Army-owned land: Government to revamp usage policies
Stung by a barrage of scams relating to land owned or leased by the defence services, the government has decided to tweak its policy of issuing no objection certificates for transfer of such lands. Rahul Singh reports.india Updated: Jan 14, 2011 02:15 IST
Stung by a barrage of scams relating to land owned or leased by the defence services, the government has decided to tweak its policy of issuing no objection certificates (NoCs) for transfer of such lands.
Defence minister AK Antony said, on Thursday, the policy was being reworked to plug loopholes and eliminate the possibility of any hanky panky in the issuance of NoCs.
"We have taken a decision to computerise entire land records with the defence estates. We are also going to change the policy of granting NOCs,” the defence minister said.
He said the ministry would neither cover up any scam nor shield the guilty.
The total landholding of the armed forces is pegged at about 14 lakh acres outside cantonments and another two lakh acres across 62 cantonments, making it one of the largest landholders in the country.
The minister’s comments come at a time when questions are being raised on the role of former army chief General Deepak Kapoor in controversial land deals such as the ones in Sukhna, Adarsh society and in Mumbai’s Kandivali area.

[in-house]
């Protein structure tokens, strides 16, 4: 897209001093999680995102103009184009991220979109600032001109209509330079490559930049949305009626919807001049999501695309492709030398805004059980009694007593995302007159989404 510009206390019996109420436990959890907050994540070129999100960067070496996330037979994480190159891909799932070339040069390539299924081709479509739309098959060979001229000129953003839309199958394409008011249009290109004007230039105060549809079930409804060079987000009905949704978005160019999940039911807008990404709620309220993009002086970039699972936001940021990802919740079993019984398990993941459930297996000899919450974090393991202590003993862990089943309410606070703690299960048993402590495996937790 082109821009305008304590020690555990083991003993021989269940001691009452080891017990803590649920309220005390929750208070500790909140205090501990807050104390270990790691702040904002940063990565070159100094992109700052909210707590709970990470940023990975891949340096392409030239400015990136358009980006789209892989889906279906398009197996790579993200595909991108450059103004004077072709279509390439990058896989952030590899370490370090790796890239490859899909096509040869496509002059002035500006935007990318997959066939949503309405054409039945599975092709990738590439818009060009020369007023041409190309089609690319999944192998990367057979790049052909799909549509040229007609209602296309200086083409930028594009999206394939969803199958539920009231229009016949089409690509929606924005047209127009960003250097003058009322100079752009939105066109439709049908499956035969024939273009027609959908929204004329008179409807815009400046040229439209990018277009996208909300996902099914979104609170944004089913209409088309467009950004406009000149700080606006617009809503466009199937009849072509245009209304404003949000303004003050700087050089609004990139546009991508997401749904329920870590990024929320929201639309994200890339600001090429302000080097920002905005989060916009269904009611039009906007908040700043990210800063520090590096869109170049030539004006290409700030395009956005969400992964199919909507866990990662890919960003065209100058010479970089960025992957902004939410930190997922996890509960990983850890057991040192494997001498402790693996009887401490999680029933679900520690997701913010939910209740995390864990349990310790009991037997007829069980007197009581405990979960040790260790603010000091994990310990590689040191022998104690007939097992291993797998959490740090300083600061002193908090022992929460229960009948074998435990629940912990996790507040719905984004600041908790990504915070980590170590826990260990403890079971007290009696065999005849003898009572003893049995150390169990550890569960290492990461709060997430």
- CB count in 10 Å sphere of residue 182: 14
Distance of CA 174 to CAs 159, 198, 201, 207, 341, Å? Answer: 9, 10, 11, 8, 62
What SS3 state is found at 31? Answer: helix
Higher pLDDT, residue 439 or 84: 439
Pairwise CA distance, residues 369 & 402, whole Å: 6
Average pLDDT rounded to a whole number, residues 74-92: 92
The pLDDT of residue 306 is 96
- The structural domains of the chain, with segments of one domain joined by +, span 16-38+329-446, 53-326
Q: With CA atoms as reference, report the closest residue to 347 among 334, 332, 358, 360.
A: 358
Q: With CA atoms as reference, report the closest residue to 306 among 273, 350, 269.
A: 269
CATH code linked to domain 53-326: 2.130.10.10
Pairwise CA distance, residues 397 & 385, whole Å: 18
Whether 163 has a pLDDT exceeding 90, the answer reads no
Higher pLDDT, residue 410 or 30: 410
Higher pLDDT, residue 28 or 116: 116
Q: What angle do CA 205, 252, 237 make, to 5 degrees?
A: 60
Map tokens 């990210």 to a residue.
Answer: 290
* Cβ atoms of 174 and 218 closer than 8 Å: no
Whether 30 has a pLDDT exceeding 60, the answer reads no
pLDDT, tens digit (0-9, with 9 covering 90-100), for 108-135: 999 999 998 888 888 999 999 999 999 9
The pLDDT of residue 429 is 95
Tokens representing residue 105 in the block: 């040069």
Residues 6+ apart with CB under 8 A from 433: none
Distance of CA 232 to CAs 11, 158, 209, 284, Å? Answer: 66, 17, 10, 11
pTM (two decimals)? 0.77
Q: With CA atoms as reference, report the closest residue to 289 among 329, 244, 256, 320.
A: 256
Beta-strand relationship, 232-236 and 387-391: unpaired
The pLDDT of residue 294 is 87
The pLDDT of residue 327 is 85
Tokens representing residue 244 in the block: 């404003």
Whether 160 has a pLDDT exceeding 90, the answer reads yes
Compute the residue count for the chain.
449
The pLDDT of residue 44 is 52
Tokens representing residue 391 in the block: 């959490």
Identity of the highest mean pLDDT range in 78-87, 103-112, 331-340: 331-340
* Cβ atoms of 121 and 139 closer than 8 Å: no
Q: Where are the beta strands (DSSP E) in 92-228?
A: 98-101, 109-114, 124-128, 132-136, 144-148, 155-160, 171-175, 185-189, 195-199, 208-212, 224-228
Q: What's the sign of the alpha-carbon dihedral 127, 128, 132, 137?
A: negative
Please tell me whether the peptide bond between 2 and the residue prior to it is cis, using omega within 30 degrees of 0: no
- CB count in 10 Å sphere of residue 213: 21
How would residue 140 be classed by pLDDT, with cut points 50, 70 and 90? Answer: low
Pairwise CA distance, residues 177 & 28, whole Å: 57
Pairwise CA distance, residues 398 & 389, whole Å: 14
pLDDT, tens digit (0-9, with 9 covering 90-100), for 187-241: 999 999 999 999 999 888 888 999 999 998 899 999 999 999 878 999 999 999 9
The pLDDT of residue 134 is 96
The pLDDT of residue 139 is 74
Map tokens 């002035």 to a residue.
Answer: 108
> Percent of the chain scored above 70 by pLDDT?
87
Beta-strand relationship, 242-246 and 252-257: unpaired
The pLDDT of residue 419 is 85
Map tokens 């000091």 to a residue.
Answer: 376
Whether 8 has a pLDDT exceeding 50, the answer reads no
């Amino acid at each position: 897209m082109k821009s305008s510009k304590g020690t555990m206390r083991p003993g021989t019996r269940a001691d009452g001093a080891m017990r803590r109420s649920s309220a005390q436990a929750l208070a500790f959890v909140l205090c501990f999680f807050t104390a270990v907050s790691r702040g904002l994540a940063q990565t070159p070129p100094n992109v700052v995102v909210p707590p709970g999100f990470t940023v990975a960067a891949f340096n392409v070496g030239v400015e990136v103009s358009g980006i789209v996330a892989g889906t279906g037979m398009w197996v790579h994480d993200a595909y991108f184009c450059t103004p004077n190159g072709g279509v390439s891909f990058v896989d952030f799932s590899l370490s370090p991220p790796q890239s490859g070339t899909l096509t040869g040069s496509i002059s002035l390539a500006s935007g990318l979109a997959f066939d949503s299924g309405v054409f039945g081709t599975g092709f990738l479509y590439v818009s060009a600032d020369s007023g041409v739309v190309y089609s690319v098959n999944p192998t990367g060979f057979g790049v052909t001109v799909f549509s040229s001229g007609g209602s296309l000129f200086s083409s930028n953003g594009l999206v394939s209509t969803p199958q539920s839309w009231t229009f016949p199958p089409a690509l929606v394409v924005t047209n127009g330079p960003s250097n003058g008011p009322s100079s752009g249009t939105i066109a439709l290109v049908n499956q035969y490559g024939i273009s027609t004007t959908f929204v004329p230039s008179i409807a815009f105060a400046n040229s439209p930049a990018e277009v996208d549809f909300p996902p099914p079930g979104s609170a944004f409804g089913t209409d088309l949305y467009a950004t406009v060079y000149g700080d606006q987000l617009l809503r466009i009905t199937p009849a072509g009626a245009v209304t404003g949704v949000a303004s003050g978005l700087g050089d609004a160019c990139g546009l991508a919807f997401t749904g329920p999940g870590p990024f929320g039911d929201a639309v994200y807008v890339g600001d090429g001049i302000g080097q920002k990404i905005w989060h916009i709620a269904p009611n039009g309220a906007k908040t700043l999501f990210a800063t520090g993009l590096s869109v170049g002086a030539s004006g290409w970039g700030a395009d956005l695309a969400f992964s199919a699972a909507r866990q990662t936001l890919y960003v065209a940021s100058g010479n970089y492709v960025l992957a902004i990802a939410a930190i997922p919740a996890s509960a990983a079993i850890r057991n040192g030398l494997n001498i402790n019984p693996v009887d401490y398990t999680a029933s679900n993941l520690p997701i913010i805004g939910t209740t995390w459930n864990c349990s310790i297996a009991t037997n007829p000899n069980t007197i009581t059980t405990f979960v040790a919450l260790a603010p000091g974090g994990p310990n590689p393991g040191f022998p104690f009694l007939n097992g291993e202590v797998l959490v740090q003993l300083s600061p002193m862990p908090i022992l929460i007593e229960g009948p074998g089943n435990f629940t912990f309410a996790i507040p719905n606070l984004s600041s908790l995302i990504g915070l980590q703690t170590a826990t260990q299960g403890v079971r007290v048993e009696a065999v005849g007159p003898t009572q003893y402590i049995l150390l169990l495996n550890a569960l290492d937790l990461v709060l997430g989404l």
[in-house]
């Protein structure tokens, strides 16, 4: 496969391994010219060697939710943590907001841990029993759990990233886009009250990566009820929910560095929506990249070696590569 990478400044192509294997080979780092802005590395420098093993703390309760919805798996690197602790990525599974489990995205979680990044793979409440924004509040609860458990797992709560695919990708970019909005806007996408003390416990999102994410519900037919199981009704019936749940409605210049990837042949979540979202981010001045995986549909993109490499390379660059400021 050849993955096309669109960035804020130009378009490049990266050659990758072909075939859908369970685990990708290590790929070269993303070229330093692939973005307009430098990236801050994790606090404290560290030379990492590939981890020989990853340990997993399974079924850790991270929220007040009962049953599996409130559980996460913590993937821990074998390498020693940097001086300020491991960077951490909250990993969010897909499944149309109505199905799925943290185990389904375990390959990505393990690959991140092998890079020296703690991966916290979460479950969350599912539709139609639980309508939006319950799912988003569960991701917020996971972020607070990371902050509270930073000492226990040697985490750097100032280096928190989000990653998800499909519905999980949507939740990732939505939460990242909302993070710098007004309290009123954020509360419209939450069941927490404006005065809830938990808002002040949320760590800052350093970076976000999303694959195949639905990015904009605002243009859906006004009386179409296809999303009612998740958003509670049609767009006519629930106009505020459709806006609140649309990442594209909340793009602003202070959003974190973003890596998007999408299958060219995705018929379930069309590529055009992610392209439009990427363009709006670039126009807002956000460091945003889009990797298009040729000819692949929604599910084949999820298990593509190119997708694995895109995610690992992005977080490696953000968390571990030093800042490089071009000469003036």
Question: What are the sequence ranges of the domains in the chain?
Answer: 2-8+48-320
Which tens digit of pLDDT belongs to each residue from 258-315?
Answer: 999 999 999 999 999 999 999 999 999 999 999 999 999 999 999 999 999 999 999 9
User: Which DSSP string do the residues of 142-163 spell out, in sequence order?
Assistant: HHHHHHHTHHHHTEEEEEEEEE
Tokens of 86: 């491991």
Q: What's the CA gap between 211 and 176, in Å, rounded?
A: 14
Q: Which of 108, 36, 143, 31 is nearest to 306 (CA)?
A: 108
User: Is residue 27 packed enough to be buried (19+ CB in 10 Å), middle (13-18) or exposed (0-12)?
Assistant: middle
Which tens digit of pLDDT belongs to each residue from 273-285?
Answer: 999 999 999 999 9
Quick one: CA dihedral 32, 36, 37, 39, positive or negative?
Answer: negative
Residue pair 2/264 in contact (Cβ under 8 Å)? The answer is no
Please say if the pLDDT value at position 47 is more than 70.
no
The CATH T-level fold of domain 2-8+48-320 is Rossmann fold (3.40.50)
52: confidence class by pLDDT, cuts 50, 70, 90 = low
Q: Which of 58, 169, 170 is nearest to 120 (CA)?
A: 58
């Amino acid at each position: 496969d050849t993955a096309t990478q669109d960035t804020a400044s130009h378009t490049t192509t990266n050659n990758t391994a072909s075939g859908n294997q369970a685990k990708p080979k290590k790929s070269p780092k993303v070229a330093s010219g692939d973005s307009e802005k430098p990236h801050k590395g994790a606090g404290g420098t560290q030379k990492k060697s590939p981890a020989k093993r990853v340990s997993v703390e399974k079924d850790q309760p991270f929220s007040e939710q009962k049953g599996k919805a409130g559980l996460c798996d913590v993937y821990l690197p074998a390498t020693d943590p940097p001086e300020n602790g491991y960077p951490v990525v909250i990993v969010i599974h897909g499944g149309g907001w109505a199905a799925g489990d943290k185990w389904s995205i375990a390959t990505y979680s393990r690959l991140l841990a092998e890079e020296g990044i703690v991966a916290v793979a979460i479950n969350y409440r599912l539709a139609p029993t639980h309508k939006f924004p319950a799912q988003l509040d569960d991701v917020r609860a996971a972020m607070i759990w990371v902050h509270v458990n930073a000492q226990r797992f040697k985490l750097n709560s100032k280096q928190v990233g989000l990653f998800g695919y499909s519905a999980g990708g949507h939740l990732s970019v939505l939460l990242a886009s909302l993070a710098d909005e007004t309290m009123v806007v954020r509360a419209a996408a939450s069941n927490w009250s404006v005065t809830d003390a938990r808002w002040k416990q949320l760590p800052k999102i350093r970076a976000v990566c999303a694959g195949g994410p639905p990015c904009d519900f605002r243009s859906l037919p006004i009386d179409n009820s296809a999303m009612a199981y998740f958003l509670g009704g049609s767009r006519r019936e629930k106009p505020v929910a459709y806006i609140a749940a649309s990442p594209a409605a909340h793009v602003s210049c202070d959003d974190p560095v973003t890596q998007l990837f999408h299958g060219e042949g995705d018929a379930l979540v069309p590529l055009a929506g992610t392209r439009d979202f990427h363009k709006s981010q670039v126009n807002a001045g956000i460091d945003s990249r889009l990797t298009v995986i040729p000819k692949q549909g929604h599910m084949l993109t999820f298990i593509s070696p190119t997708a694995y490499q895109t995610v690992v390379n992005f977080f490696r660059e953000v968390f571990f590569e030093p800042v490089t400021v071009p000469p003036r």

In the Sukhna land deal, Lieutenant-General Avadhesh Prakash, a close aide of Gen Kapoor, was accused of using his position of authority to pressure the 33 Corps based in north Bengal and its chief, Lt-Gen PK Rath, to facilitate the transfer of land near the military station to a private developer.
The army was again in the dock when it was found that senior army officials and relatives of politicians owned flats in a multi-storey building, Adarsh society in south Mumbai, that was constructed on land meant for Kargil war widows.
The plot in Kandivali, leased out to the army by the Maharashtra government, had been under the occupation of the Central Ordnance Depot since 1942. The government sold off the land to Neo-Pharma Pvt Ltd in June 2007, a part of the Kalpataru Builders, without obtaining the army's consent.
The role of minister of state for defence production, Rao Inderjit Singh, in the deal is also under scanner. Singh's private secretary Abhilaksh Likhi wrote to the army chief's secretariat in November 2007 on the issue, requesting that it be put up before Gen Kapoor for appropriate action. The army vacated the land soon thereafter.
Singh said, "I wasn't in charge of the defence estates department. When a note is sent, it's just to examine the matter and bring it on file if there's any merit. The note was sent in November 2007, while possession was given to the firm in July 2007."
First Published: Jan 14, 2011 01:28 IST